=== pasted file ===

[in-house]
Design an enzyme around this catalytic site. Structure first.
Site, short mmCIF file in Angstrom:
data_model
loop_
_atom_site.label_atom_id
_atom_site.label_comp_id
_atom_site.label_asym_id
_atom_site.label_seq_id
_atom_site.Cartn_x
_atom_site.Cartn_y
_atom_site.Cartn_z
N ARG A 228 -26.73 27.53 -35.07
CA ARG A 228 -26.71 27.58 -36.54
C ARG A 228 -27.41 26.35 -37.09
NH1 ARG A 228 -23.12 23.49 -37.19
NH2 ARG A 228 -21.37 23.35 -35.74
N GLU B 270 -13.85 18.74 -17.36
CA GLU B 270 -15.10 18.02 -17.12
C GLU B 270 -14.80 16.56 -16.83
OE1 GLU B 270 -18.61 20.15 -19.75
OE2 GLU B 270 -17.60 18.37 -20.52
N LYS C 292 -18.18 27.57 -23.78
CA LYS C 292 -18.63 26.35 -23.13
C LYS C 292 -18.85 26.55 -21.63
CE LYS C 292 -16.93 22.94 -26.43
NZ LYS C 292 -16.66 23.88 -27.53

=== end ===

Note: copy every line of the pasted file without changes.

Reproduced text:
[in-house]
Design an enzyme around this catalytic site. Structure first.
Site, short mmCIF file in Angstrom:
data_model
loop_
_atom_site.label_atom_id
_atom_site.label_comp_id
_atom_site.label_asym_id
_atom_site.label_seq_id
_atom_site.Cartn_x
_atom_site.Cartn_y
_atom_site.Cartn_z
N ARG A 228 -26.73 27.53 -35.07
CA ARG A 228 -26.71 27.58 -36.54
C ARG A 228 -27.41 26.35 -37.09
NH1 ARG A 228 -23.12 23.49 -37.19
NH2 ARG A 228 -21.37 23.35 -35.74
N GLU B 270 -13.85 18.74 -17.36
CA GLU B 270 -15.10 18.02 -17.12
C GLU B 270 -14.80 16.56 -16.83
OE1 GLU B 270 -18.61 20.15 -19.75
OE2 GLU B 270 -17.60 18.37 -20.52
N LYS C 292 -18.18 27.57 -23.78
CA LYS C 292 -18.63 26.35 -23.13
C LYS C 292 -18.85 26.55 -21.63
CE LYS C 292 -16.93 22.94 -26.43
NZ LYS C 292 -16.66 23.88 -27.53